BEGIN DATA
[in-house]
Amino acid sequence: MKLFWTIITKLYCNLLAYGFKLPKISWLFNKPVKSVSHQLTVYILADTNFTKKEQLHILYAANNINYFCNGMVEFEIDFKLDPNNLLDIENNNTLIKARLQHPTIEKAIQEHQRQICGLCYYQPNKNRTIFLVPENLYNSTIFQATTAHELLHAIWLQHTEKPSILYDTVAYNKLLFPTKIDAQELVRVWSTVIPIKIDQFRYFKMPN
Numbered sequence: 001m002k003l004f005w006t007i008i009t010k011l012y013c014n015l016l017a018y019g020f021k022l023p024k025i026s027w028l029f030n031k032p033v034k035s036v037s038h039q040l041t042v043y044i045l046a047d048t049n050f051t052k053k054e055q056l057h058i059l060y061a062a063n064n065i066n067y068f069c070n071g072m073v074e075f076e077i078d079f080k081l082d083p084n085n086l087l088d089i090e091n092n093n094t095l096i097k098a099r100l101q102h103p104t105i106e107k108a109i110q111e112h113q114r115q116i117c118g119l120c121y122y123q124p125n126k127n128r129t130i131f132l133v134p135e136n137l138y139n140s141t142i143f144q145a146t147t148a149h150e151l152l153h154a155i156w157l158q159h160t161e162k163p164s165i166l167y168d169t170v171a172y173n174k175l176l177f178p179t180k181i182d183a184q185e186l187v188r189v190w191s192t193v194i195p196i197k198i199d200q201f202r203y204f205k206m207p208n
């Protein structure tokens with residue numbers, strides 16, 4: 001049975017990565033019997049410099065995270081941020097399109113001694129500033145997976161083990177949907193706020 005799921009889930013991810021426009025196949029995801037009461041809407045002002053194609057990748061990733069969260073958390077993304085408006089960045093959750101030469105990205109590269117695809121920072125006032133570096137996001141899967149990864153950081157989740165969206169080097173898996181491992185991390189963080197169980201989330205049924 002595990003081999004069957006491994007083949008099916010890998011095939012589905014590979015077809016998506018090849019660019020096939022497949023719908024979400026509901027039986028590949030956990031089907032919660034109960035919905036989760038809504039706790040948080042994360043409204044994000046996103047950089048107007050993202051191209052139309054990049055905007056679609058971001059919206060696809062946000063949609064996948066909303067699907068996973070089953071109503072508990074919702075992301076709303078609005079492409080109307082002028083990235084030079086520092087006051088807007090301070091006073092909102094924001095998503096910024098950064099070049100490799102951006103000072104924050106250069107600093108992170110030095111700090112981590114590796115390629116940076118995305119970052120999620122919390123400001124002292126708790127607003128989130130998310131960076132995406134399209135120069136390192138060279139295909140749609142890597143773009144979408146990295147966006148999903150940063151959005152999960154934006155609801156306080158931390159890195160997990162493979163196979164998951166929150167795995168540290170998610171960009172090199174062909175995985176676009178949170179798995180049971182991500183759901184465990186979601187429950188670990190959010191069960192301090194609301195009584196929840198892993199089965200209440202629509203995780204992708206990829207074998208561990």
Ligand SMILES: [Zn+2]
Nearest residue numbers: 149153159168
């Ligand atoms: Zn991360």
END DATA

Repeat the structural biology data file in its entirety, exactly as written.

[in-house]
Amino acid sequence: MKLFWTIITKLYCNLLAYGFKLPKISWLFNKPVKSVSHQLTVYILADTNFTKKEQLHILYAANNINYFCNGMVEFEIDFKLDPNNLLDIENNNTLIKARLQHPTIEKAIQEHQRQICGLCYYQPNKNRTIFLVPENLYNSTIFQATTAHELLHAIWLQHTEKPSILYDTVAYNKLLFPTKIDAQELVRVWSTVIPIKIDQFRYFKMPN
Numbered sequence: 001m002k003l004f005w006t007i008i009t010k011l012y013c014n015l016l017a018y019g020f021k022l023p024k025i026s027w028l029f030n031k032p033v034k035s036v037s038h039q040l041t042v043y044i045l046a047d048t049n050f051t052k053k054e055q056l057h058i059l060y061a062a063n064n065i066n067y068f069c070n071g072m073v074e075f076e077i078d079f080k081l082d083p084n085n086l087l088d089i090e091n092n093n094t095l096i097k098a099r100l101q102h103p104t105i106e107k108a109i110q111e112h113q114r115q116i117c118g119l120c121y122y123q124p125n126k127n128r129t130i131f132l133v134p135e136n137l138y139n140s141t142i143f144q145a146t147t148a149h150e151l152l153h154a155i156w157l158q159h160t161e162k163p164s165i166l167y168d169t170v171a172y173n174k175l176l177f178p179t180k181i182d183a184q185e186l187v188r189v190w191s192t193v194i195p196i197k198i199d200q201f202r203y204f205k206m207p208n
């Protein structure tokens with residue numbers, strides 16, 4: 001049975017990565033019997049410099065995270081941020097399109113001694129500033145997976161083990177949907193706020 005799921009889930013991810021426009025196949029995801037009461041809407045002002053194609057990748061990733069969260073958390077993304085408006089960045093959750101030469105990205109590269117695809121920072125006032133570096137996001141899967149990864153950081157989740165969206169080097173898996181491992185991390189963080197169980201989330205049924 002595990003081999004069957006491994007083949008099916010890998011095939012589905014590979015077809016998506018090849019660019020096939022497949023719908024979400026509901027039986028590949030956990031089907032919660034109960035919905036989760038809504039706790040948080042994360043409204044994000046996103047950089048107007050993202051191209052139309054990049055905007056679609058971001059919206060696809062946000063949609064996948066909303067699907068996973070089953071109503072508990074919702075992301076709303078609005079492409080109307082002028083990235084030079086520092087006051088807007090301070091006073092909102094924001095998503096910024098950064099070049100490799102951006103000072104924050106250069107600093108992170110030095111700090112981590114590796115390629116940076118995305119970052120999620122919390123400001124002292126708790127607003128989130130998310131960076132995406134399209135120069136390192138060279139295909140749609142890597143773009144979408146990295147966006148999903150940063151959005152999960154934006155609801156306080158931390159890195160997990162493979163196979164998951166929150167795995168540290170998610171960009172090199174062909175995985176676009178949170179798995180049971182991500183759901184465990186979601187429950188670990190959010191069960192301090194609301195009584196929840198892993199089965200209440202629509203995780204992708206990829207074998208561990």
Ligand SMILES: [Zn+2]
Nearest residue numbers: 149153159168
């Ligand atoms: Zn991360």